Anti-Trump conservative hold-outs are used to the name calling and condescension from all levels of Trump supporters, including reluctant new Trump voters, at this point. On the Fox News Channel Friday evening, following a live broadcast of Donald Trump’s speech at the Values Voter Summit, Dallas megachurch pastor and radio show host, Dr. Robert Jeffress, decided to take it upon himself to call out anti-Trump (and likely anti-Hillary, as well) Christian conservatives by referring to them by a host of derogatory names.
While some focused on the sillier sounding terms, such as “mamby pamby” and “panty-waisted and weak kneed,” he also went biblically nuclear by using terms Christian conservatives take very seriously. He called them “hypocrites” and “fools” for “sitting at home” and said they were “throwing away their vote” by voting third party.
Whatever dictionary Jeffress uses, rest assured it isn’t any of the widely accepted versions…or even Wikipedia. Christian conservatives who eschew dishonesty, hubris, adultery, selfishness, etc., but do value the traits that Christians are told are necessary in a good leader, are the hypocrites here? I think not. The hypocrites Jeffress should be pointing at, if he’s really looking for people to call names, are the Evangelicals who voted for Trump when there were far more upright and godly candidates to choose from.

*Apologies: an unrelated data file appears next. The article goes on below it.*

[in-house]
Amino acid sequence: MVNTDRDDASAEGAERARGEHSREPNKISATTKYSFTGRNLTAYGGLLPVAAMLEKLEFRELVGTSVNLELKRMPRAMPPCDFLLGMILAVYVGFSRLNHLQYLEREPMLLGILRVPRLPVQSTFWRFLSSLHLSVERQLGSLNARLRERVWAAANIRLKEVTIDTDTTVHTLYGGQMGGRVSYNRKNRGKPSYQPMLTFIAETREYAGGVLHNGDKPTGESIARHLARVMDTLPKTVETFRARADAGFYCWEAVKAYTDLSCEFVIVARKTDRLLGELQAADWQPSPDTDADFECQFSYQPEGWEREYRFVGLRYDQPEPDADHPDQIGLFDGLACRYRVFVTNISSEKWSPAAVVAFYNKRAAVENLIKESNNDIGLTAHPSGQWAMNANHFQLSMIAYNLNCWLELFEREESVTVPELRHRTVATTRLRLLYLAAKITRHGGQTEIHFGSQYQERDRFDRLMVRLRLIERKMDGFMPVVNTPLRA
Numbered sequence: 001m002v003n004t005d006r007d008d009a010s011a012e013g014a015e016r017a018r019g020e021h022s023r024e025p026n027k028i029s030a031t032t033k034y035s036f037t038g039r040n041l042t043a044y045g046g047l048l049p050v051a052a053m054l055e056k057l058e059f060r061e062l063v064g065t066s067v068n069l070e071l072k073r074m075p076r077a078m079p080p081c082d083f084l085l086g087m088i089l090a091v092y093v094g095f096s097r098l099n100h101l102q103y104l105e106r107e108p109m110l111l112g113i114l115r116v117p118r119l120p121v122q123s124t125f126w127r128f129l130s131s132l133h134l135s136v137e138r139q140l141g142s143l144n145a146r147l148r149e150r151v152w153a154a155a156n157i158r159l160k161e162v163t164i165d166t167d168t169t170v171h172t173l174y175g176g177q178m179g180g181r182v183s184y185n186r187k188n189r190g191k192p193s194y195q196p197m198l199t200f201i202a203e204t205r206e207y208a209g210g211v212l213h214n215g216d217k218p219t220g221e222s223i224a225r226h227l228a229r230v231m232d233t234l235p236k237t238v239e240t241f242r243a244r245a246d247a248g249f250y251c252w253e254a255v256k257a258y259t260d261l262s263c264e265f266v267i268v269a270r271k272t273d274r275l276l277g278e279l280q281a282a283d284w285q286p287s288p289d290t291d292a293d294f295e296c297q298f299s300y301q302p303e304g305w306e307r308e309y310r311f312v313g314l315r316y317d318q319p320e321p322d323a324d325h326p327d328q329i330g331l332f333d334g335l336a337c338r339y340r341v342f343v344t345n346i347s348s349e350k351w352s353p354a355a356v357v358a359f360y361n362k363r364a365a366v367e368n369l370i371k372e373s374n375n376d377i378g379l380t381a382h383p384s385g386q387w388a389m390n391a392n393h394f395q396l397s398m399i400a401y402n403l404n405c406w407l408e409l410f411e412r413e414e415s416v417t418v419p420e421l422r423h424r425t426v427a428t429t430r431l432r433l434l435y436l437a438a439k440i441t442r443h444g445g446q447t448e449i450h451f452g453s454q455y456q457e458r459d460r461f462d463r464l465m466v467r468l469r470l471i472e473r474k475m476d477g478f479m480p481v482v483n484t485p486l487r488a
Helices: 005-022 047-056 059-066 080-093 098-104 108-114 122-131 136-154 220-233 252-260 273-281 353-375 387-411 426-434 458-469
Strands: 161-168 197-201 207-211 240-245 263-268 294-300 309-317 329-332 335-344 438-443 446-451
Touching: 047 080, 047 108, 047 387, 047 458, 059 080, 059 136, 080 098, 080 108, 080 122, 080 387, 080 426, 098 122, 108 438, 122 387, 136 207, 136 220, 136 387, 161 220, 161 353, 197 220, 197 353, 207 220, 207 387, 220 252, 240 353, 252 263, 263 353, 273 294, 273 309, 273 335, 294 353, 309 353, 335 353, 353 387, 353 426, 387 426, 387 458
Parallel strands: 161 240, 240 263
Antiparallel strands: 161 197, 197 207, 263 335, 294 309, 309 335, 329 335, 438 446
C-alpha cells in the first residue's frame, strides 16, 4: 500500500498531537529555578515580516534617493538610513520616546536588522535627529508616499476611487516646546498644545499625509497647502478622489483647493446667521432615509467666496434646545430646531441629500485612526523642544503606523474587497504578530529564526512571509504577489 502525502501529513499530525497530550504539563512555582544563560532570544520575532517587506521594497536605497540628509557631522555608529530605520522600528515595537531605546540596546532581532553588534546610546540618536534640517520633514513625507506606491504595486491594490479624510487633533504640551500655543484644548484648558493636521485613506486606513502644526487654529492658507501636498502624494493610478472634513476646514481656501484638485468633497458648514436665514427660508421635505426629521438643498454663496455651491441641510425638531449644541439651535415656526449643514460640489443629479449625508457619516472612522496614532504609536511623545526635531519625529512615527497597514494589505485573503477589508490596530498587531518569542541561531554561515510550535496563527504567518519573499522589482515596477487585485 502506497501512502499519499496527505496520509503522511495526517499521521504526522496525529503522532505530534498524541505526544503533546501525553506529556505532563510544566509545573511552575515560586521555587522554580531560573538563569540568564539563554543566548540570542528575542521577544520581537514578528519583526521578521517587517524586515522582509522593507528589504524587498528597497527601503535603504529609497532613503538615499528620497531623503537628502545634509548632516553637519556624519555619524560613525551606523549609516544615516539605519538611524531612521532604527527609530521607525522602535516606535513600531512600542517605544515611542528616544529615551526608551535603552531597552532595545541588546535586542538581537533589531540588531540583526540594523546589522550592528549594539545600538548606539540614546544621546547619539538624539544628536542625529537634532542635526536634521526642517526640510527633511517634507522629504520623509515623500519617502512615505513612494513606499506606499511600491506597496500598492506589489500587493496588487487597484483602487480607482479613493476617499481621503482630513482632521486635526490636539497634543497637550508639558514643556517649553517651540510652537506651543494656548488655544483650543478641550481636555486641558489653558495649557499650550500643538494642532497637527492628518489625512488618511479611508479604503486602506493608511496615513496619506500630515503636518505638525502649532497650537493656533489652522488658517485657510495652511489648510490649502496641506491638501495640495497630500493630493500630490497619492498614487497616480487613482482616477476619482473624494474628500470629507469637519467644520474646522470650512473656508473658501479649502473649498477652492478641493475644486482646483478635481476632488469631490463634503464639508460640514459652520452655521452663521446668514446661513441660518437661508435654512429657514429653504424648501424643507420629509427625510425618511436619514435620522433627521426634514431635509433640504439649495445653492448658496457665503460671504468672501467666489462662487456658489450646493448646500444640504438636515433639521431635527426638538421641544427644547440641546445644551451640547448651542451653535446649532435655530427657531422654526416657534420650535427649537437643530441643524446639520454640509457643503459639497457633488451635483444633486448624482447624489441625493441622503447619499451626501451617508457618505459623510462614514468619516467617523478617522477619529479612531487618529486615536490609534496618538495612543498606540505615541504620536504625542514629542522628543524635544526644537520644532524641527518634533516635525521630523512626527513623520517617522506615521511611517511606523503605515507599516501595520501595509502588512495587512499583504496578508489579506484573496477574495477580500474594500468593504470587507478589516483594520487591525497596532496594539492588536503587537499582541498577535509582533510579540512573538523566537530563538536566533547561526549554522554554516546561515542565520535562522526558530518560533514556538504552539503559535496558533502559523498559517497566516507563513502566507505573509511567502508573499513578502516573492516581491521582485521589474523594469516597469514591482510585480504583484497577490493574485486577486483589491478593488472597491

As for calling Christian conservatives who choose not to vote for Trump fools, I’ll admit to being more than a little bit shocked that he would use that word to describe Christians following their conscience and believing it is the only thing to do when presented with two candidates who show no reverence for God or religion in their lives. Also, if Trump were a Democrat, the outcry from people like Jeffress and Jerry Falwell, Jr. over his antics, history and injudicious speech would likely be as harsh, and correct, as they are toward Hillary.
The Bible says in Matthew that those who call others a fool will be liable to hell, so it’s kind of a big deal in households where Jeffress gets airtime. Growing up in a very much living-your-faith Christian family, using the word “fool” is still a word I won’t use as a non-religious (sometimes foul-mouthed) adult. As a pastor for decades, there is no way I can believe that Jeffress didn’t know exactly what he was saying.
If the Bible is the lens through which you process the world around you, as ostensibly a pastor would, then maybe you should stop to think about the examples laid out in the books of 1 and 2 Kings — or the story of Nebuchadnezzar, who as king stood on his tower and glorified himself rather than God and was punished for it — and not be so quick to call your brothers and sisters in Christ hypocrites, or risk your soul by calling them fools over an election with two extremely bad, unrighteous candidates.